This post has already been read 89 times!
The 44-day war between Armenia and Azerbaijan (September 27–November 9) has resulted in an Azerbaijani national triumph, a Russian geopolitical and diplomatic victory over the West, and a conclusive discrediting of multilateral diplomacy as an instrument for conflict-resolution in and around the post-Soviet space (see EDM, November 12, 13, 17). The discrediting is conclusive simply because this instrument has run out of places in which to fail in former Soviet and nearby territories where Russia is involved. The West has tried multilateral diplomacy only to be defeated at its own game in Georgia, Moldova, Ukraine, Syria, and now in the Armenia-Azerbaijan conflict over Karabakh.
The Organization for Security and Cooperation in Europe’s (OSCE) Minsk Group was instituted in 1992 and activated in 1994, with a mandate to promote a peaceful resolution of the Karabakh conflict through negotiation and mediation (Osce.org, accessed November 23). (The Group was supposed to convene and act in Minsk but never did so, regardless of which it kept that official name ever since.)
Its structure includes the Minsk Conference (from 1992 onward), comprised of about a dozen OSCE states with a purely symbolic role; and (from 1997 onward) the triple co-chairmanship comprised of Russia, the United States and France (the latter acting in a national capacity to keep the European Union out—a point in Moscow’s favor). Turkey has all along been excluded from the co-chairmanship and relegated to the irrelevant Conference (another point in Moscow’s favor).
The triple co-chairmanship has been the Minsk Group’s sole initiating and operating agent all along. It has mediated between Armenia and Azerbaijan, acting by internal consensus among the three co-chairs. However, Russia has been the most active co-chair by far from 2010 to date. The Barack Obama administration decided, as a matter of its Russia policy, to defer to Moscow on this issue; and Moscow upgraded the level of its involvement, from the Ministry of Foreign Affairs to the Kremlin itself. Owing to US disengagement and French irrelevance to this region, Russia has practically monopolized the mediator’s role between Armenia and Azerbaijan, nominally through the Minsk Group but often bypassing it in practice, throughout this past decade.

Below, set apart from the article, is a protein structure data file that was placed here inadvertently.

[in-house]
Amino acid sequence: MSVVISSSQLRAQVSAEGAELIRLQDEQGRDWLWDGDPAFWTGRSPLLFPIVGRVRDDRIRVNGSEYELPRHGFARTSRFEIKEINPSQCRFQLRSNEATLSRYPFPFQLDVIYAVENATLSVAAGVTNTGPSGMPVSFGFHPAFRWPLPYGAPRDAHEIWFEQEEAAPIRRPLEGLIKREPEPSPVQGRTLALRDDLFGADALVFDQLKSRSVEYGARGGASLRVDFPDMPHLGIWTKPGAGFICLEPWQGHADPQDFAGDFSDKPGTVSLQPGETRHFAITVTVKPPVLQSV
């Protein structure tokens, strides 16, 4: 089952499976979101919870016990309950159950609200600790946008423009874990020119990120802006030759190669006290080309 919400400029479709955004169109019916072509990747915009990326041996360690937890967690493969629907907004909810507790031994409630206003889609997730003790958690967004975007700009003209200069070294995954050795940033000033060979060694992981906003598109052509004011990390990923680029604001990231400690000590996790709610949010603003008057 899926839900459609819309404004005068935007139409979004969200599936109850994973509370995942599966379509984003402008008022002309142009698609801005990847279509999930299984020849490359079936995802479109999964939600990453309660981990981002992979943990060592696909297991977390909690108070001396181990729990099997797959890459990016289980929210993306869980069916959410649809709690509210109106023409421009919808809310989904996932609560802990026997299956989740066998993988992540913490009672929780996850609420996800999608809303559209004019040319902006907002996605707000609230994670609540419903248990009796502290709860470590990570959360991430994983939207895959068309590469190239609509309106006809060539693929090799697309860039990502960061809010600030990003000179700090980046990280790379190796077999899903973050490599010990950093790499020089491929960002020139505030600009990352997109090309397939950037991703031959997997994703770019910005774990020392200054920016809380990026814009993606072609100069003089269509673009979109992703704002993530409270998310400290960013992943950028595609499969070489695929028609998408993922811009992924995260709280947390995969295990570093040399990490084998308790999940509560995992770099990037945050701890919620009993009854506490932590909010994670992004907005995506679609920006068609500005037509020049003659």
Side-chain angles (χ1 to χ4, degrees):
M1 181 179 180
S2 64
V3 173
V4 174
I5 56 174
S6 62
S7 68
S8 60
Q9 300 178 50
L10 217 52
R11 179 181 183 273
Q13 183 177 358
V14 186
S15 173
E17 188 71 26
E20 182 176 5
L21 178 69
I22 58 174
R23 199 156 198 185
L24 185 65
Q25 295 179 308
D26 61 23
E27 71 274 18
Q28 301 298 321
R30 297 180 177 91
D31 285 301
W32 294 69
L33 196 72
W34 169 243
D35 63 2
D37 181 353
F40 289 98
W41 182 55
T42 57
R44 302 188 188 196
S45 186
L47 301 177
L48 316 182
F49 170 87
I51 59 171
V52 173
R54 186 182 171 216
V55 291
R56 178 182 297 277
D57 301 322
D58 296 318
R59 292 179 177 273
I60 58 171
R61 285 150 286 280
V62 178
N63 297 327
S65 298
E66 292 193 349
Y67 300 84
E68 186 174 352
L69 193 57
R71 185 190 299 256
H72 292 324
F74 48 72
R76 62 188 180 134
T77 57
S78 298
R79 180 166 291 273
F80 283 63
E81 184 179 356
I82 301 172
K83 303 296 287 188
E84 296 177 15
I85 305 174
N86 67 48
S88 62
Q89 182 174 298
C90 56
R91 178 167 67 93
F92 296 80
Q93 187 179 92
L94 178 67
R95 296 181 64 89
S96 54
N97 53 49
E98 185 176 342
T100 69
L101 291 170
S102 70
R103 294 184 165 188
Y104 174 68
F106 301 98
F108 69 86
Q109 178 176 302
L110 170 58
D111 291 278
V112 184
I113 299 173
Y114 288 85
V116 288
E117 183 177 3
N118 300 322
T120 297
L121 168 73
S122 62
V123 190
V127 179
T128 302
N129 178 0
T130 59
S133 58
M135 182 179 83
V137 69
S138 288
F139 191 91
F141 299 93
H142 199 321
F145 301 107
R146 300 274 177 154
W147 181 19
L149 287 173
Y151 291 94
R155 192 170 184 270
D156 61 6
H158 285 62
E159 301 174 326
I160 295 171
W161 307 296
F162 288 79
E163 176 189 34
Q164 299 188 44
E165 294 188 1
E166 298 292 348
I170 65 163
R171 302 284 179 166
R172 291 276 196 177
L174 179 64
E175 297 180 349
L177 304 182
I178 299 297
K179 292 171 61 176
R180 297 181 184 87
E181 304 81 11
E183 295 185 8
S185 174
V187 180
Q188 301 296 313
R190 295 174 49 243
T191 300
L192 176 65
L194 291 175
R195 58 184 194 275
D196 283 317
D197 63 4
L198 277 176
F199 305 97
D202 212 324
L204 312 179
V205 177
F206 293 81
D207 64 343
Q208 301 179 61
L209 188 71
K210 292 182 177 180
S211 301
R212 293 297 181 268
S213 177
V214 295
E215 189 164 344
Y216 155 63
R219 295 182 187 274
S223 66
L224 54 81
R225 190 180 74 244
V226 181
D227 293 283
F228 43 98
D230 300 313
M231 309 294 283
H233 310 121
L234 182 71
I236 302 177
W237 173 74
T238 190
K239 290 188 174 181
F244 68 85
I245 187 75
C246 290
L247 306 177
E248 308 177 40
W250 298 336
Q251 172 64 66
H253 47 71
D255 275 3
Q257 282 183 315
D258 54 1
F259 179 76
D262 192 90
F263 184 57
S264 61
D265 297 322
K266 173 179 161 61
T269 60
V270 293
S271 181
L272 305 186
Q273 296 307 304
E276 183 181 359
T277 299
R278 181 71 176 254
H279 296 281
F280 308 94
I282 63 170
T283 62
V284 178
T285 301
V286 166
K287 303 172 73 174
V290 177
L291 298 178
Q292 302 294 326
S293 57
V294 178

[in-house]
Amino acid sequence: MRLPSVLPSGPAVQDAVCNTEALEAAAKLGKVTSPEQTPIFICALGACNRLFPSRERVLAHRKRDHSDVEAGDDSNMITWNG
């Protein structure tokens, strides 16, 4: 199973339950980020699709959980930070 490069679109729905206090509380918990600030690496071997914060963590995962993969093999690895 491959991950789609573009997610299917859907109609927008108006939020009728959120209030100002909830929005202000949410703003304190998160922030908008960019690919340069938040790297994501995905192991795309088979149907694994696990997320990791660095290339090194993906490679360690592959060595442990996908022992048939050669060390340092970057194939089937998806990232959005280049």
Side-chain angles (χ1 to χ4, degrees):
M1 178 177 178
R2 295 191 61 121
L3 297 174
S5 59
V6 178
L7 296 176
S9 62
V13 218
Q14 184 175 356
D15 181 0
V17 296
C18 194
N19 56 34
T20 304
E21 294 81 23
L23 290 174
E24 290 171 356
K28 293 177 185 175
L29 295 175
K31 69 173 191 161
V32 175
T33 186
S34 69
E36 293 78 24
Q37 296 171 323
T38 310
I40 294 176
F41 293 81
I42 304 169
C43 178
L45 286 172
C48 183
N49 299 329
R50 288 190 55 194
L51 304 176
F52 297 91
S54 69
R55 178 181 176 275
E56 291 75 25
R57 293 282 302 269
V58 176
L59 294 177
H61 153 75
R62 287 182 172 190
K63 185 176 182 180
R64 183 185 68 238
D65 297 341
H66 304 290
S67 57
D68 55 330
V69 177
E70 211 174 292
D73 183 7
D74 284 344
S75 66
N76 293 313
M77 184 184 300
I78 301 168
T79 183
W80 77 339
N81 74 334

Exceptionally, the period 2006–2009 became the most fruitful on the Minsk Group’s record, with the US co-chair’s committed and creative engagement. This period produced the Minsk Group’s legacy in the form of the “Basic Principles” for a settlement of the Armenia-Azerbaijan conflict over Karabakh. Presented to the parties by the triple co-chairmanship at the OSCE’s 2007 annual conference in Madrid (hence also the “Madrid principles”) in preliminary form and updated for public presentation at the G8 summit in L’Aquila in 2009, the Basic Principles comprise (Osce.org, July 10, 2009):
– Return of the territories surrounding “Nagorno” (Upper) Karabakh to Azerbaijani control [reference to the seven inner-Azerbaijani districts adjacent to Upper Karabakh];
– A corridor linking Armenia to Upper Karabakh (reference to the Lachin corridor);
– An interim status for Upper Karabakh, providing guarantees for security and self-governance;
– Future determination of the final legal status of Upper Karabakh through a legally binding expression of will;
– The right of all internally displaced persons and refugees to return to their former places of residence;
– International security guarantees that would include a peacekeeping operation.